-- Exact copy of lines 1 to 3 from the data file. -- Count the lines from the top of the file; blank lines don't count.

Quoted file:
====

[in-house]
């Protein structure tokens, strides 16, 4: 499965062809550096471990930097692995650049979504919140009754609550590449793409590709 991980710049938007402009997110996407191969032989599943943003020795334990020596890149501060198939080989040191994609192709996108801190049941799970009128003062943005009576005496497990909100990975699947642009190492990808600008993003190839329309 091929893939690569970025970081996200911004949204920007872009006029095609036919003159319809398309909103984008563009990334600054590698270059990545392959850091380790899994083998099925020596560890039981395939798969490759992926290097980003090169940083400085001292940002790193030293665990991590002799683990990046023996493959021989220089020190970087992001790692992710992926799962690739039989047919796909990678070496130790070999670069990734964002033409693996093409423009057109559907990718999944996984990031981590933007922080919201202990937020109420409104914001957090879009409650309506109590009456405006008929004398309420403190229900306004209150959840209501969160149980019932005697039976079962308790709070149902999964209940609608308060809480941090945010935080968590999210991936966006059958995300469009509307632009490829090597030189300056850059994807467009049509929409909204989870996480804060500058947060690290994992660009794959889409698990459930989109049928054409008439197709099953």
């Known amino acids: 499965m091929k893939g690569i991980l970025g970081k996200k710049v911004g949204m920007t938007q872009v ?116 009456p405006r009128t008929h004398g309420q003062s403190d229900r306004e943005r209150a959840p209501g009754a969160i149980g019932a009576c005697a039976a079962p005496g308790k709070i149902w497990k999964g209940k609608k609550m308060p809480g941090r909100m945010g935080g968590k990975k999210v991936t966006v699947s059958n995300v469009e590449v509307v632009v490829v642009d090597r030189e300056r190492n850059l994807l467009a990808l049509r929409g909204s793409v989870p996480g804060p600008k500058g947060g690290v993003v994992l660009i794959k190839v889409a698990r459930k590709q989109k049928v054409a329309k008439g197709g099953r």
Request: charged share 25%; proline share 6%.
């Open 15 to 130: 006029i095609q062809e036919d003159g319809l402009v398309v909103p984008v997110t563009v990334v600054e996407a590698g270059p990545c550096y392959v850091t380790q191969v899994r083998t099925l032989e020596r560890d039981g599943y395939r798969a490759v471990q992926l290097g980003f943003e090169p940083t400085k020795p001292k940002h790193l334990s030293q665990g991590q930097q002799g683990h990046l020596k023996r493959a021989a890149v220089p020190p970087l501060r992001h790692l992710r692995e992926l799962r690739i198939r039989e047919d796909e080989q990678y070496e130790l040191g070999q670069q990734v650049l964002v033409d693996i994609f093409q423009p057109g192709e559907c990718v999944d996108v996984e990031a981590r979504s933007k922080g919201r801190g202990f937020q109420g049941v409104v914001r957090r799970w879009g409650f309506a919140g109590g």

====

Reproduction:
[in-house]
């Protein structure tokens, strides 16, 4: 499965062809550096471990930097692995650049979504919140009754609550590449793409590709 991980710049938007402009997110996407191969032989599943943003020795334990020596890149501060198939080989040191994609192709996108801190049941799970009128003062943005009576005496497990909100990975699947642009190492990808600008993003190839329309 091929893939690569970025970081996200911004949204920007872009006029095609036919003159319809398309909103984008563009990334600054590698270059990545392959850091380790899994083998099925020596560890039981395939798969490759992926290097980003090169940083400085001292940002790193030293665990991590002799683990990046023996493959021989220089020190970087992001790692992710992926799962690739039989047919796909990678070496130790070999670069990734964002033409693996093409423009057109559907990718999944996984990031981590933007922080919201202990937020109420409104914001957090879009409650309506109590009456405006008929004398309420403190229900306004209150959840209501969160149980019932005697039976079962308790709070149902999964209940609608308060809480941090945010935080968590999210991936966006059958995300469009509307632009490829090597030189300056850059994807467009049509929409909204989870996480804060500058947060690290994992660009794959889409698990459930989109049928054409008439197709099953």
């Known amino acids: 499965m091929k893939g690569i991980l970025g970081k996200k710049v911004g949204m920007t938007q872009v ?116 009456p405006r009128t008929h004398g309420q003062s403190d229900r306004e943005r209150a959840p209501g009754a969160i149980g019932a009576c005697a039976a079962p005496g308790k709070i149902w497990k999964g209940k609608k609550m308060p809480g941090r909100m945010g935080g968590k990975k999210v991936t966006v699947s059958n995300v469009e590449v509307v632009v490829v642009d090597r030189e300056r190492n850059l994807l467009a990808l049509r929409g909204s793409v989870p996480g804060p600008k500058g947060g690290v993003v994992l660009i794959k190839v889409a698990r459930k590709q989109k049928v054409a329309k008439g197709g099953r």